Home Samurai culture New films explore the history and cultural heritage of five ports in Wales and Ireland

New films explore the history and cultural heritage of five ports in Wales and Ireland

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By the Water: Stories from the Irish Sea

The stories of five port towns in Wales and Ireland will feature in a series of new films which will premiere in Aberystwyth later this month.

The eight documentary shorts and one feature, At the Water’s Edge: Stories of the Irish Sea, aim to promote the ports of Fishguard, Holyhead and Pembroke Dock in Wales, and Dublin and Rosslare in Ireland, as well as the three ferry ports routes connecting them.

The films were produced as part of Ports, Past and Present, a project which explores the history and cultural heritage of ports, showcasing stunning views of the landscapes and wildlife of the Irish Sea coast and revealing the human stories of port communities.

At Fishguard, residents Gary Jones and Jana Davidson talk about pirate invasions and French armies, while Hedydd Hughes explains how she teaches children about local legends.

Samurai

Local historian David James also shares the extraordinary story of how the son of a Japanese samurai came to plant a ginkgo tree at Pembroke Dock, and local councilor Josh Beynon explores the secret location where Star Wars’ Millennium Falcon was built.

Professor Peter Merriman, team leader of the project in the Department of Geography and Earth Sciences at Aberystwyth University, said: “These films reveal the rich cultural heritage of the five port cities, following a range of local people who have intimate knowledge of their local communities.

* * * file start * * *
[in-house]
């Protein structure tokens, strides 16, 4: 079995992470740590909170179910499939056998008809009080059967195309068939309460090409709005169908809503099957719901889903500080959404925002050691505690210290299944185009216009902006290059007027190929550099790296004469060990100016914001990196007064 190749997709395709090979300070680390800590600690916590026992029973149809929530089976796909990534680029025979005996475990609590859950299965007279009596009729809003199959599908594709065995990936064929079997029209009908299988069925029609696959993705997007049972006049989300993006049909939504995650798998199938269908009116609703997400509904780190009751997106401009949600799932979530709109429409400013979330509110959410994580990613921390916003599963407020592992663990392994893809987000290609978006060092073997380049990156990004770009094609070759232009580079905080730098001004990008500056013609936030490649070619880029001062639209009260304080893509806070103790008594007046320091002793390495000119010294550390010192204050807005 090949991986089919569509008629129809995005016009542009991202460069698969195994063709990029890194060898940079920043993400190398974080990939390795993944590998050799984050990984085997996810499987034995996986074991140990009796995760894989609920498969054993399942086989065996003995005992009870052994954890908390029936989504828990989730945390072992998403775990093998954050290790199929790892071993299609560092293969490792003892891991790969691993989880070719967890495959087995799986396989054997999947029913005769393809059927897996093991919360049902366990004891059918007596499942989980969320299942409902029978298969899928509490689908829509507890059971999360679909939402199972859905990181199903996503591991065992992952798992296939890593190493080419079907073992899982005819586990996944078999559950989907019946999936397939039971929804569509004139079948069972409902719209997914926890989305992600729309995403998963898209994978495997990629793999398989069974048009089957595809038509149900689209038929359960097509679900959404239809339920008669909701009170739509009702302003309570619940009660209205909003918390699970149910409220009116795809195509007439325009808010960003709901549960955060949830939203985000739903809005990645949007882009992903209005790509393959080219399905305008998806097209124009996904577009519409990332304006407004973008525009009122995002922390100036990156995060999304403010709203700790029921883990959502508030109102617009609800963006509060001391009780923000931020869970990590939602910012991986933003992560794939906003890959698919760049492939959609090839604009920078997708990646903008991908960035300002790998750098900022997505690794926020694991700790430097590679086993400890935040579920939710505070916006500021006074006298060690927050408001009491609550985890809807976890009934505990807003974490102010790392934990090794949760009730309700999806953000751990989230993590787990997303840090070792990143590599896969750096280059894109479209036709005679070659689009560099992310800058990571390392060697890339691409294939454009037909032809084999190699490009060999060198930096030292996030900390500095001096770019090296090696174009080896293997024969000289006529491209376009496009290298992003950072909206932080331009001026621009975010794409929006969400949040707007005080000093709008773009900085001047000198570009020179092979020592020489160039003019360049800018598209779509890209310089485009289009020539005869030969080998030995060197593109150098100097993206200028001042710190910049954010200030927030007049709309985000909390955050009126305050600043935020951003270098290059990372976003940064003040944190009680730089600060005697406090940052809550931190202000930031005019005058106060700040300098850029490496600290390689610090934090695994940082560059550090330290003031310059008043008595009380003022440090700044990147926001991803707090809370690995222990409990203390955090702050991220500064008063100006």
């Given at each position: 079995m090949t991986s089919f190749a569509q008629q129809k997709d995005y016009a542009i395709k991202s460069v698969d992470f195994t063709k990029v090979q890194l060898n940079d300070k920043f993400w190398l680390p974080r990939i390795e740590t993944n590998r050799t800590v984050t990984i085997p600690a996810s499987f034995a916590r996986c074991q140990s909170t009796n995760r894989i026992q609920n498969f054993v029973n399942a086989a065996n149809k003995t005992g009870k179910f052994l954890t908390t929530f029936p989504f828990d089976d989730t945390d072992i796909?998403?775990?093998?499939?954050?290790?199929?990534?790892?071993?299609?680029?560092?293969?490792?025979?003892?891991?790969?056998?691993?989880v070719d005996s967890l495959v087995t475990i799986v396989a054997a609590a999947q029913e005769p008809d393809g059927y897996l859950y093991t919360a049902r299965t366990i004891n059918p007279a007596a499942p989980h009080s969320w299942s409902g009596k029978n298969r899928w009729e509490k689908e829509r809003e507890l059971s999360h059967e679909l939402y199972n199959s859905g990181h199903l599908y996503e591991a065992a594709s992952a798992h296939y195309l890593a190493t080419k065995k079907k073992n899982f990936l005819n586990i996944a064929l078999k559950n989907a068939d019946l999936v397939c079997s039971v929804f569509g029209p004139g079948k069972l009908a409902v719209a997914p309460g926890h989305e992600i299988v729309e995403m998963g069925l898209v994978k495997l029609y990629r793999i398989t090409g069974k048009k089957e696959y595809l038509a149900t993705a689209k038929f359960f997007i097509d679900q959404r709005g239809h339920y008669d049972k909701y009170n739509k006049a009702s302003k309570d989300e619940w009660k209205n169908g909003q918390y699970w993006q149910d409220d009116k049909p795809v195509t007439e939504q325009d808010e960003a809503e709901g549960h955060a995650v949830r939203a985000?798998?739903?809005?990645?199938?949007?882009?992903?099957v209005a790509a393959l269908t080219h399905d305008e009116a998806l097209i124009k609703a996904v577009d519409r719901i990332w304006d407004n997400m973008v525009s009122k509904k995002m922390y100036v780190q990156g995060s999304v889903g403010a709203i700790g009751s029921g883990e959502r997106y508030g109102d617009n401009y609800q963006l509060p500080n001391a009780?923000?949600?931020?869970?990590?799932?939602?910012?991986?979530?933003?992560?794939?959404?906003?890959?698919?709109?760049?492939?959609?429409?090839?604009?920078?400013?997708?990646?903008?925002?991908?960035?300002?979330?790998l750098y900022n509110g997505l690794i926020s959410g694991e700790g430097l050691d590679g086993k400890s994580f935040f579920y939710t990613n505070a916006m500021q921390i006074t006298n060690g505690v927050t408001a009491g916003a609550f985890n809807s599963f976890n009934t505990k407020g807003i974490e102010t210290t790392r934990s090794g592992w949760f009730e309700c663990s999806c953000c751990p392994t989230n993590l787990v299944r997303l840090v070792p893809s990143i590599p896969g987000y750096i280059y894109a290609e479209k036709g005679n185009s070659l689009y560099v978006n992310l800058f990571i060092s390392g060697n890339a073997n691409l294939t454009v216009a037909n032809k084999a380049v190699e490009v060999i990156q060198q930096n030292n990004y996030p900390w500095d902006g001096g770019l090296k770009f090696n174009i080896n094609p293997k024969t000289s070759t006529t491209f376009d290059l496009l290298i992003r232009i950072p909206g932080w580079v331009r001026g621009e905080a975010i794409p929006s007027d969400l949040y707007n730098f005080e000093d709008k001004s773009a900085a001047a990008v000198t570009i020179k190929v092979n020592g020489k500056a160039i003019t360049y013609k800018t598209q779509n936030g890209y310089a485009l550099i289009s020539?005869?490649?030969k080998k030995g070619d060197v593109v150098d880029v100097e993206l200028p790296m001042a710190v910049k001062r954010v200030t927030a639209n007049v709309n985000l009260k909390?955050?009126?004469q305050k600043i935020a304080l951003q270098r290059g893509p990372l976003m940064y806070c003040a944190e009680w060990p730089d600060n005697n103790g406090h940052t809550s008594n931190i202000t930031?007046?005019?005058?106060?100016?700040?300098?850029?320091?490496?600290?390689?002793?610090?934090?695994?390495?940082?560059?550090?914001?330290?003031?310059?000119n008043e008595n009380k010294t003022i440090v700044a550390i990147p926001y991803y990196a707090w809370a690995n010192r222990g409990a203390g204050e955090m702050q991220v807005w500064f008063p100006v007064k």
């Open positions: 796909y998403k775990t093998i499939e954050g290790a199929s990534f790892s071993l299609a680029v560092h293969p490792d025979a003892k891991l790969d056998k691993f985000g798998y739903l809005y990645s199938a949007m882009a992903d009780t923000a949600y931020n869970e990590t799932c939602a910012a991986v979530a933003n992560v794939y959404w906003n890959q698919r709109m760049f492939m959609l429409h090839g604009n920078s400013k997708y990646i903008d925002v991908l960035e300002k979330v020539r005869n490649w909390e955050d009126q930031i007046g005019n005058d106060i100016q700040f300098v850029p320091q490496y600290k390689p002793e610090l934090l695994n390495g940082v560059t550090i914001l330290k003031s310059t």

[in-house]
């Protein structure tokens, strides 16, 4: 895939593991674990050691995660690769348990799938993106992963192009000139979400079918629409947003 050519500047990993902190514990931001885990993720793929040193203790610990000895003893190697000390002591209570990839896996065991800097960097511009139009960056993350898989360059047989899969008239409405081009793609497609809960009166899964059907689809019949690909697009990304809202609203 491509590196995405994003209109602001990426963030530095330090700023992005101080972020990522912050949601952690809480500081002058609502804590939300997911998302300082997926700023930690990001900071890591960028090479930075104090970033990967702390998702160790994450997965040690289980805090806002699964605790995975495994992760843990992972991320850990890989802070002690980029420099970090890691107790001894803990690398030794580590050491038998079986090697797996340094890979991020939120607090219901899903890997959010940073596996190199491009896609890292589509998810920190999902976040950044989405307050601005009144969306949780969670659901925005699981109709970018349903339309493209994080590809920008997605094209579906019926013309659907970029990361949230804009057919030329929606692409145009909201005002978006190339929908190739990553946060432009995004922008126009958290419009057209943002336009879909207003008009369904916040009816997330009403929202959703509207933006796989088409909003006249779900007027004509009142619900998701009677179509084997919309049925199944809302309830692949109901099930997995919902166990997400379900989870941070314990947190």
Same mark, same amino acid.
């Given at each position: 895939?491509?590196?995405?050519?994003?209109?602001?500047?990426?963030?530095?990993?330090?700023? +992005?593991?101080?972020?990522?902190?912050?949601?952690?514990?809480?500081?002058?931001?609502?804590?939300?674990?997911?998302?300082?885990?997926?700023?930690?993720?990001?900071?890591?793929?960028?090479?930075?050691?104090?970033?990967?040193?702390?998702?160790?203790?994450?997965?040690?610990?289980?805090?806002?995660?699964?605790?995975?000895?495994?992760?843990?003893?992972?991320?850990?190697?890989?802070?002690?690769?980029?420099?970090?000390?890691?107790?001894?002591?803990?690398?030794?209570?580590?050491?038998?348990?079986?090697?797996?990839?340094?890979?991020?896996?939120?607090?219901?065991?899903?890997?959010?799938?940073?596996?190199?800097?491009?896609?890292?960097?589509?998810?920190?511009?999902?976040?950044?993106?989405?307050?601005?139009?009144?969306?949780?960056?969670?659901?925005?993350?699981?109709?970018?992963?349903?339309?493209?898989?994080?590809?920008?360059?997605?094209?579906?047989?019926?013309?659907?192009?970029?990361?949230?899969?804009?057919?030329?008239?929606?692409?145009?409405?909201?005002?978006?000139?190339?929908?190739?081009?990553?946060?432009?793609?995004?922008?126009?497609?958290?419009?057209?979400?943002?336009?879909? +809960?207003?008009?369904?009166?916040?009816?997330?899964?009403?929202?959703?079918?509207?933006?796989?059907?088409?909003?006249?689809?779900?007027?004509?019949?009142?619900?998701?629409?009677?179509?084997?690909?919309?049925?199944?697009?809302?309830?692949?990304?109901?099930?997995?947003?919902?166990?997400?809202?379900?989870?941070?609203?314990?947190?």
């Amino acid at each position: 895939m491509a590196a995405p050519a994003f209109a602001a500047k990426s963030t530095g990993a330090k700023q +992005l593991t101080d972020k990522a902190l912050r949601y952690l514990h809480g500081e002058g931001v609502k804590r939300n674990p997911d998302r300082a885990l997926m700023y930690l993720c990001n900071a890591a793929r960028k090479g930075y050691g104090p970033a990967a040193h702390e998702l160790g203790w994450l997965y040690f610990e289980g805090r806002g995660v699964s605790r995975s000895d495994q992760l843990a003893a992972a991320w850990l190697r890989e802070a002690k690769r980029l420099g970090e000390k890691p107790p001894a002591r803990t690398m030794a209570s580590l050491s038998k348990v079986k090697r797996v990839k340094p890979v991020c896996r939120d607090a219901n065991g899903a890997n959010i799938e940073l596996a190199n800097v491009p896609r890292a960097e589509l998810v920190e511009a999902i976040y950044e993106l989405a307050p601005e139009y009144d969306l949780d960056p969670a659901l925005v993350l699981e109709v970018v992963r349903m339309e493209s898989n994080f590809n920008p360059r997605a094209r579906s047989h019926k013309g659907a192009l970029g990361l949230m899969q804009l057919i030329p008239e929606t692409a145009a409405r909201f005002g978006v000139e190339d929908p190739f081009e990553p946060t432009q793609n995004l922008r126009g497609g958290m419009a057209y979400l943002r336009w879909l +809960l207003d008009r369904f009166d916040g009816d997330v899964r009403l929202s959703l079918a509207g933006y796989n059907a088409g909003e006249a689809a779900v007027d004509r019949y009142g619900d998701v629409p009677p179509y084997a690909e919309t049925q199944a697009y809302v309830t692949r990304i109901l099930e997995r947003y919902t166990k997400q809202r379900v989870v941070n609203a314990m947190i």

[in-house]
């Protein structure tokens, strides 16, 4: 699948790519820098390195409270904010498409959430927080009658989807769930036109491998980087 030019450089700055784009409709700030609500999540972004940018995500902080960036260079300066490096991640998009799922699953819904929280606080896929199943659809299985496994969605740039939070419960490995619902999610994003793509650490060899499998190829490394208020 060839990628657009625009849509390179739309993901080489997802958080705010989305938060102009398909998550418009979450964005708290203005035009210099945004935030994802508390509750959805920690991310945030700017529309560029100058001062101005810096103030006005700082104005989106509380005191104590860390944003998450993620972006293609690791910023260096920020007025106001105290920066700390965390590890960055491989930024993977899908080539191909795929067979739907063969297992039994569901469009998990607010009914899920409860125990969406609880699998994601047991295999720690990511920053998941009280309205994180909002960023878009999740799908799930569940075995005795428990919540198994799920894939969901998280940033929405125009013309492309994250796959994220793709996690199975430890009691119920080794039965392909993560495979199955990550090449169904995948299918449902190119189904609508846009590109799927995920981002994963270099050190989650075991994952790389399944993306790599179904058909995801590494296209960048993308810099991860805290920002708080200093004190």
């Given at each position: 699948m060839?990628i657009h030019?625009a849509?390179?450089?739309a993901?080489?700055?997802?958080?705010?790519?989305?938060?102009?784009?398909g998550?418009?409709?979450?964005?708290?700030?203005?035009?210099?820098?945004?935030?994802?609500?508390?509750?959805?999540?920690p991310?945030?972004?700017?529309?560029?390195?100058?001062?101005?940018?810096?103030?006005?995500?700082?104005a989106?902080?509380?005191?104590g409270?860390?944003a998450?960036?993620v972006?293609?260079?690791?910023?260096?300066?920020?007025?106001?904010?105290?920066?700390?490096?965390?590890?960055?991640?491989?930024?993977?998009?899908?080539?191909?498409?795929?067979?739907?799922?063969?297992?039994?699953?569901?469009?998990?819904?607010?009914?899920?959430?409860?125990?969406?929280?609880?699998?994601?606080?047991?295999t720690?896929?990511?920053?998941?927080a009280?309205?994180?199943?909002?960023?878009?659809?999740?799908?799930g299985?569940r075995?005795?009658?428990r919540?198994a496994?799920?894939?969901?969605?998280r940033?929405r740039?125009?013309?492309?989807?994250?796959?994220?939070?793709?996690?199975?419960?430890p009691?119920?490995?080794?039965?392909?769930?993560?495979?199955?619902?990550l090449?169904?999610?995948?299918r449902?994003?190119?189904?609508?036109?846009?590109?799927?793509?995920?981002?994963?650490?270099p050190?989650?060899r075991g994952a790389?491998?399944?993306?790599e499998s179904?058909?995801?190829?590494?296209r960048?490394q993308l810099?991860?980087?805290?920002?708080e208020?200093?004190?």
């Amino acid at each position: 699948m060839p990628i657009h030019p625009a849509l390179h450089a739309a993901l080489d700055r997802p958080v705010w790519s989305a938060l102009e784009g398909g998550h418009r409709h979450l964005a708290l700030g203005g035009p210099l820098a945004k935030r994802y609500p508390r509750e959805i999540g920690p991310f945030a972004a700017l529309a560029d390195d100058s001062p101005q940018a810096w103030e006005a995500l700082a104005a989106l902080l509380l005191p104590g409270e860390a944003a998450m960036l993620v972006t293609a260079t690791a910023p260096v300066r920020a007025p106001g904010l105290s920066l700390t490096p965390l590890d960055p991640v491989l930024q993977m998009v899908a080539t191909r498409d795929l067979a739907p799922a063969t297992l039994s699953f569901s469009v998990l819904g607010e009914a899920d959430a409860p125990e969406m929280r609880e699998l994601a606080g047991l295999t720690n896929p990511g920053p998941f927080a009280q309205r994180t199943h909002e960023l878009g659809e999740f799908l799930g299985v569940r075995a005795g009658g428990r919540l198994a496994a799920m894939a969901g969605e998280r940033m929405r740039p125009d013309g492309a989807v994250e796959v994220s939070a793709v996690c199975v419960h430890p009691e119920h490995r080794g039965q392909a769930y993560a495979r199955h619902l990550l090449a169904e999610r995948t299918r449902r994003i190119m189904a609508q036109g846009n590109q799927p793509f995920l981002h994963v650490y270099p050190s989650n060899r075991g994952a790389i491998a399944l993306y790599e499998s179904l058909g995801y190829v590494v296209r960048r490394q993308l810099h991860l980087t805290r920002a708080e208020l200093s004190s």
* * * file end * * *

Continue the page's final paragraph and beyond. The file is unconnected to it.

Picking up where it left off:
“Coastal communities are often seen as geographic fringes, but these films show how port cities have always served as important transit points as well as places to live.

“Cultural tourism is an important part of the Welsh and Irish economies, and we want to attract new overseas visitors to these towns, as well as engage local communities in their port heritage, to tackle economic deprivation.”

The films are part of a wider tourism campaign aimed at raising awareness of the rich coastal and maritime heritage of the five selected ports and their communities.

Project leader Professor Claire Connolly of University College Cork said: “The Ports, Past and Present films frame the voices, images and stories of the five ports, enabling new forms of engagement with a past. commmon.

The feature-length documentary will be launched at the Ceredigion Museum on May 26 at 7 p.m. Tickets are free and can be reserved by emailing Rita Singer at [email protected].

The Ceredigion Museum will also host a traveling art exhibit on the rich coastal history and heritage of port communities.

Over the next few months, the films will be screened for free in Wales and Ireland and then released generally so that local communities can promote their own areas.

Film screening details:

* Ceredigion Museum, Aberystwyth: May 26

* Port of Rosslare: June 17

* Pater Hall, Pembroke Dock: July 30

* Pumphouse, Dublin Port: August 13

* Gwaun Theatre, Fishguard: September 25

* Uchelder Centre, Holyhead: October 23

Ports, Past and Present is funded by the European Regional Development Fund through the Ireland-Wales Cooperation Program and operates at four institutions in Ireland and Wales, including University College Cork, University of ‘Aberystwyth, University of Wales Trinity St David and County Wexford. Advice.


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